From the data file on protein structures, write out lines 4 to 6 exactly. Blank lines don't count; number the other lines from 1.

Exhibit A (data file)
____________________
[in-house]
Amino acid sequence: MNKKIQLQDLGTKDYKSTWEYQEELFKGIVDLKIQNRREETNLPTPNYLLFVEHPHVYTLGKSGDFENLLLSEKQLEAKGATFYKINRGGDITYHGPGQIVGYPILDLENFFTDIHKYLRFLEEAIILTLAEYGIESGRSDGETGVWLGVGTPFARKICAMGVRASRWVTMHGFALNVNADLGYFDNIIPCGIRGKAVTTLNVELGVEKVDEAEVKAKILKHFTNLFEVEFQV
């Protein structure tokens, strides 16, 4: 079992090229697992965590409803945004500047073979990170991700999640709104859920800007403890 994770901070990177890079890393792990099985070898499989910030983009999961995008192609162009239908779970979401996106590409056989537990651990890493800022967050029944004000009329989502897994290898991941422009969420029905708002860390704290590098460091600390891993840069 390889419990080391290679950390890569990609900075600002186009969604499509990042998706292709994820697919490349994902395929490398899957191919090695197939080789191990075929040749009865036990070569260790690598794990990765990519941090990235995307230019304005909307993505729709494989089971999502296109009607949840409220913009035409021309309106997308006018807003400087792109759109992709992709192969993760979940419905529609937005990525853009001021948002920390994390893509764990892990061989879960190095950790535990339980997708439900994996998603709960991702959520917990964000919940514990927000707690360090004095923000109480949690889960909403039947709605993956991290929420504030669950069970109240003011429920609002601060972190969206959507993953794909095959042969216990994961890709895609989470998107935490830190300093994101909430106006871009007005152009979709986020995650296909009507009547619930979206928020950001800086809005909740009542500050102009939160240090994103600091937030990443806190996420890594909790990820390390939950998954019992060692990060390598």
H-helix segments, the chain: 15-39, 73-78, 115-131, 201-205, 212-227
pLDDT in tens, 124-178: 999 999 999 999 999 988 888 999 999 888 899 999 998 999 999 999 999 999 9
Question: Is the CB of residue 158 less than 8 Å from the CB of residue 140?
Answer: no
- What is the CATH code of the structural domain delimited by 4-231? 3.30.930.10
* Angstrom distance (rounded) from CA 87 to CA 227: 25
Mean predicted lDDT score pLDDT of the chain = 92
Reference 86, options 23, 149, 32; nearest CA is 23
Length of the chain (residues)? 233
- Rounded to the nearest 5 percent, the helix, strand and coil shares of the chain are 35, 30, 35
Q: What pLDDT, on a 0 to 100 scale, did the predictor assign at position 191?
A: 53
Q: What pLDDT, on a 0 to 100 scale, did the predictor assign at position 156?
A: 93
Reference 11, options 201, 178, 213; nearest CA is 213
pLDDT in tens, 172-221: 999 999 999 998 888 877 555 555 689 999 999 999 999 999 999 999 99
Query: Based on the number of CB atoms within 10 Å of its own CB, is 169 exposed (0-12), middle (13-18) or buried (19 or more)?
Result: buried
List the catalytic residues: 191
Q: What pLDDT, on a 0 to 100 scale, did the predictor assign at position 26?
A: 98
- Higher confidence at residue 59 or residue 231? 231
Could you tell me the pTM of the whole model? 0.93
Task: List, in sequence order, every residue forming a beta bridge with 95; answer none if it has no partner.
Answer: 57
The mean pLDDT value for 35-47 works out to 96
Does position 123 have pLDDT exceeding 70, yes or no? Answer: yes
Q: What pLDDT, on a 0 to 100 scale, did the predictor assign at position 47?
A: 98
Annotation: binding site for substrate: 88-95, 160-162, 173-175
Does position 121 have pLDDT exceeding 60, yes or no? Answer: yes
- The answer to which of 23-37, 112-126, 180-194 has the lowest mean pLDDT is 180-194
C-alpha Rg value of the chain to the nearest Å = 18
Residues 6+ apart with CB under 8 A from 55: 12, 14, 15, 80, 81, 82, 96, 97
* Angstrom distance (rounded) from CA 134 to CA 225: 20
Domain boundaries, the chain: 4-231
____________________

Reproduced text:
H-helix segments, the chain: 15-39, 73-78, 115-131, 201-205, 212-227
pLDDT in tens, 124-178: 999 999 999 999 999 988 888 999 999 888 899 999 998 999 999 999 999 999 9
Question: Is the CB of residue 158 less than 8 Å from the CB of residue 140?